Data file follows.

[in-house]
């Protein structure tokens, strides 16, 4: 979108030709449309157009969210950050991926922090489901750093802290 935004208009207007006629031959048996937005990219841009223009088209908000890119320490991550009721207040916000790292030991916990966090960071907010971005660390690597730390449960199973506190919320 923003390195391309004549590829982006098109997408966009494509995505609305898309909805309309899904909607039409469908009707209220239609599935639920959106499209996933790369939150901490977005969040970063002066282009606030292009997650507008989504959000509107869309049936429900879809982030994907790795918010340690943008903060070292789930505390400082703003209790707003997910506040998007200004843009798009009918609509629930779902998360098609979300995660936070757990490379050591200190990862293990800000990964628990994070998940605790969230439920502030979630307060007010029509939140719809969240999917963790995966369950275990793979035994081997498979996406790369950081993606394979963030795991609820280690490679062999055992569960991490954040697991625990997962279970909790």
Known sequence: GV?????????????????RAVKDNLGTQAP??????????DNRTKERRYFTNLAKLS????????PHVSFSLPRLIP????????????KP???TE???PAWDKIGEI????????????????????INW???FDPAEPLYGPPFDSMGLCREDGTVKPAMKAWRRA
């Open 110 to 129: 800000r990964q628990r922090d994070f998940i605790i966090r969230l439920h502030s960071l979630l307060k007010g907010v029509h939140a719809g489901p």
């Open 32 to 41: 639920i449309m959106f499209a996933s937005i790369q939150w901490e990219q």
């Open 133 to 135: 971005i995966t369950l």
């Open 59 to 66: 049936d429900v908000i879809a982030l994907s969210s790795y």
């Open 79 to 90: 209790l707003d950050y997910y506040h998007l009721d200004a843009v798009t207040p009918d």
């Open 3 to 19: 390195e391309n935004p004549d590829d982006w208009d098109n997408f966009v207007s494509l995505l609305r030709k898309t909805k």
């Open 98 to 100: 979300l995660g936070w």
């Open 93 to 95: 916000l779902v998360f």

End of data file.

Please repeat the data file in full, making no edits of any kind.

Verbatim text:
[in-house]
């Protein structure tokens, strides 16, 4: 979108030709449309157009969210950050991926922090489901750093802290 935004208009207007006629031959048996937005990219841009223009088209908000890119320490991550009721207040916000790292030991916990966090960071907010971005660390690597730390449960199973506190919320 923003390195391309004549590829982006098109997408966009494509995505609305898309909805309309899904909607039409469908009707209220239609599935639920959106499209996933790369939150901490977005969040970063002066282009606030292009997650507008989504959000509107869309049936429900879809982030994907790795918010340690943008903060070292789930505390400082703003209790707003997910506040998007200004843009798009009918609509629930779902998360098609979300995660936070757990490379050591200190990862293990800000990964628990994070998940605790969230439920502030979630307060007010029509939140719809969240999917963790995966369950275990793979035994081997498979996406790369950081993606394979963030795991609820280690490679062999055992569960991490954040697991625990997962279970909790």
Known sequence: GV?????????????????RAVKDNLGTQAP??????????DNRTKERRYFTNLAKLS????????PHVSFSLPRLIP????????????KP???TE???PAWDKIGEI????????????????????INW???FDPAEPLYGPPFDSMGLCREDGTVKPAMKAWRRA
């Open 110 to 129: 800000r990964q628990r922090d994070f998940i605790i966090r969230l439920h502030s960071l979630l307060k007010g907010v029509h939140a719809g489901p």
């Open 32 to 41: 639920i449309m959106f499209a996933s937005i790369q939150w901490e990219q």
């Open 133 to 135: 971005i995966t369950l």
């Open 59 to 66: 049936d429900v908000i879809a982030l994907s969210s790795y």
């Open 79 to 90: 209790l707003d950050y997910y506040h998007l009721d200004a843009v798009t207040p009918d």
């Open 3 to 19: 390195e391309n935004p004549d590829d982006w208009d098109n997408f966009v207007s494509l995505l609305r030709k898309t909805k």
């Open 98 to 100: 979300l995660g936070w």
């Open 93 to 95: 916000l779902v998360f």